National Youth HIV & AIDS Awareness Day (NYHAAD) educates the public about the impact of HIV/AIDS on youth and highlights the work youth do to strengthen the fight against the HIV/AIDS epidemic. It is observed each year on April 10 and was created in 2013.
In the United States, 1 in 5 new HIV diagnoses were among young people aged 13-24 years. Getting tested for HIV is an important step toward prevention; however, testing rates among high school students remain low. Only 9% of U.S. high school students have ever been tested for HIV.
The recently released YRBS Data Summary and Trends Report focuses on 4 priority areas closely linked to HIV and sexually transmitted diseases (STDs) including sexual behavior, high-risk substance use, violence victimization, and mental health over the past decade. This report shows that although overall students are making better decisions about their health, there are still too many students reporting risky sexual behaviors, high-risk substance use, violence victimization, and poor mental health.
From 2007 to 2017, CDC data show declines in sexual risk behaviors among youth, including fewer currently sexually active high school students. The proportion of high school students who ever had sex decreased from 48% in 2007 to 40% in 2017.
Still, the prevalence of some behaviors remains high and puts young people at risk. For instance, condom use among sexually active students decreased from 62% in 2007 to 54% in 2017, presenting a serious health risk for HIV and STDs. Additionally, some young people, including lesbian, gay, and bisexual (LGB) youth, often remain at greater risk for negative health outcomes. For example, 15% of LGB students have had sex with four or more partners during their life, compared to 9% of heterosexual students. It is critical to use tailored approaches to reach the youth at highest risk with the right interventions, in the right way, at the right time.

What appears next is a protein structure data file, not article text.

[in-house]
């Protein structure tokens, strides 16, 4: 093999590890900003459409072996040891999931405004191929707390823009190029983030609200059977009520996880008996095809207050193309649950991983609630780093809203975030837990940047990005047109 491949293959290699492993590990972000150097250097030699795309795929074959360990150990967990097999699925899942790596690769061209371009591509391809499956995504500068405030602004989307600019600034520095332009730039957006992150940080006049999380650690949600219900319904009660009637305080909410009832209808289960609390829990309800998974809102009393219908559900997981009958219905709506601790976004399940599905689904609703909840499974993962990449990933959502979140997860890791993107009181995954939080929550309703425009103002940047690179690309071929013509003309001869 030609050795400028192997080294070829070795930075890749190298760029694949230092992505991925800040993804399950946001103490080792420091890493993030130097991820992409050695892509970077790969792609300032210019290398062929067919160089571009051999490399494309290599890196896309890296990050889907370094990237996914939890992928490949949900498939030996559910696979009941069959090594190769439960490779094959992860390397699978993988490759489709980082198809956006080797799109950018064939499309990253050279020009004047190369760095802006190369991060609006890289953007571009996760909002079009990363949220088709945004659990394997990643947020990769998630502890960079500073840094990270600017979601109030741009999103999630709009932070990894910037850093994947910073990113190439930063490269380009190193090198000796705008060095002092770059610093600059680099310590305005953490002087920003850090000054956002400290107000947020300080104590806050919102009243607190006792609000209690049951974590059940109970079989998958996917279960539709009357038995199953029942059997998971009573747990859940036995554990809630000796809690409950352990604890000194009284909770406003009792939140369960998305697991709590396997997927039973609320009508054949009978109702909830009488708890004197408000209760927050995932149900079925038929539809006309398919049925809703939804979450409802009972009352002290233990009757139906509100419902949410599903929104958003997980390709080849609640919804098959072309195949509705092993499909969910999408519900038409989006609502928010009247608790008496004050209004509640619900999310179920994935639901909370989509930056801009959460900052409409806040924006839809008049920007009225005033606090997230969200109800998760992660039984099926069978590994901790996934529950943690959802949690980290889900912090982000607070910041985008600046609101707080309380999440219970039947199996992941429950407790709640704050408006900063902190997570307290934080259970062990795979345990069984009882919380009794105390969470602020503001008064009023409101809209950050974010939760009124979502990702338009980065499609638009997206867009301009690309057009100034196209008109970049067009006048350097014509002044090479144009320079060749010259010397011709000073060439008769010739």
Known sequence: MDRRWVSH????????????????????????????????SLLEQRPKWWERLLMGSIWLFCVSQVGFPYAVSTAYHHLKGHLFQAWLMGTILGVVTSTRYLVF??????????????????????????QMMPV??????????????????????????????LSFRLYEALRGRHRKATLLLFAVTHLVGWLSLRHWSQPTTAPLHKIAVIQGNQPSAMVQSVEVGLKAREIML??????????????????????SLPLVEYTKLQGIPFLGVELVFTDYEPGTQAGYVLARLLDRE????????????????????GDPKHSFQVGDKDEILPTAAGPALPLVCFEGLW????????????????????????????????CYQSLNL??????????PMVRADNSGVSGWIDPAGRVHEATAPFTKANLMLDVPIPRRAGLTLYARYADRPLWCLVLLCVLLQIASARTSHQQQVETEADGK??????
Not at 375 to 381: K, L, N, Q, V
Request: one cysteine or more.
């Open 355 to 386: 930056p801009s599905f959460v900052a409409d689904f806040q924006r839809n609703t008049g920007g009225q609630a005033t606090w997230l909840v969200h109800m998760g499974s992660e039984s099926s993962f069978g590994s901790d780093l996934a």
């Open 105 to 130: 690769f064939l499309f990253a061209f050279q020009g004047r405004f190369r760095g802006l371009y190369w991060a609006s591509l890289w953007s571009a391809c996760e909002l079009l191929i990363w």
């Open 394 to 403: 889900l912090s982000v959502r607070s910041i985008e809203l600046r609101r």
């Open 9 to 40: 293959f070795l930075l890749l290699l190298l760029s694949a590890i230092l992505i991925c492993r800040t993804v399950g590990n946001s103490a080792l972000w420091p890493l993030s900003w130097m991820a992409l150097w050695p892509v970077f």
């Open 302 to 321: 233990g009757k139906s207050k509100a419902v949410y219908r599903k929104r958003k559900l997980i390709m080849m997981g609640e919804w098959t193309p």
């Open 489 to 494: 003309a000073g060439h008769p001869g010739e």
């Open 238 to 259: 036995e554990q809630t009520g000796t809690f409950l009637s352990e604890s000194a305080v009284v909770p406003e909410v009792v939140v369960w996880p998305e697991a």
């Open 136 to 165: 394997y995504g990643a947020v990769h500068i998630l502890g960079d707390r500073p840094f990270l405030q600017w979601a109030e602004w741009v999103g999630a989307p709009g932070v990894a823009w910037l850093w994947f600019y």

Addressing HIV in youth requires that young people are provided the tools they need to reduce their risk, make healthy decisions, and get treatment and care if needed.
Schools play a critical role in promoting the health and safety of young people. The nation’s schools provide an opportunity for 56 million students to learn about the dangers of unhealthy behaviors and to practice skills that promote a healthy lifestyle. Because schools reach millions of students in grades 9-12 every day, they are in a unique position to help young people adopt behaviors that reduce their risk for HIV, STDs, pregnancy and other related problems.
Some ways to encourage youth to stay healthy are to teach them about HIV/AIDS and other STDs, promote communication between youth and their parents, and support student access to confidential HIV counseling and testing services. Schools are also important partners in supporting HIV testing among adolescents.
How can schools encourage students to get tested for HIV?
Use health risk behavior data to prioritize needs
– Teach students about HIV and other STDs
– Connect students to health services that include HIV testing and counseling
– Encourage students and their parents to talk about HIV
Parents, schools, and community- and school-based organizations and health centers must work together to help provide safe and nurturing environments for youth. MASS provides community based HIV case management, testing and prevention services. Check out our events page to see where we will be next!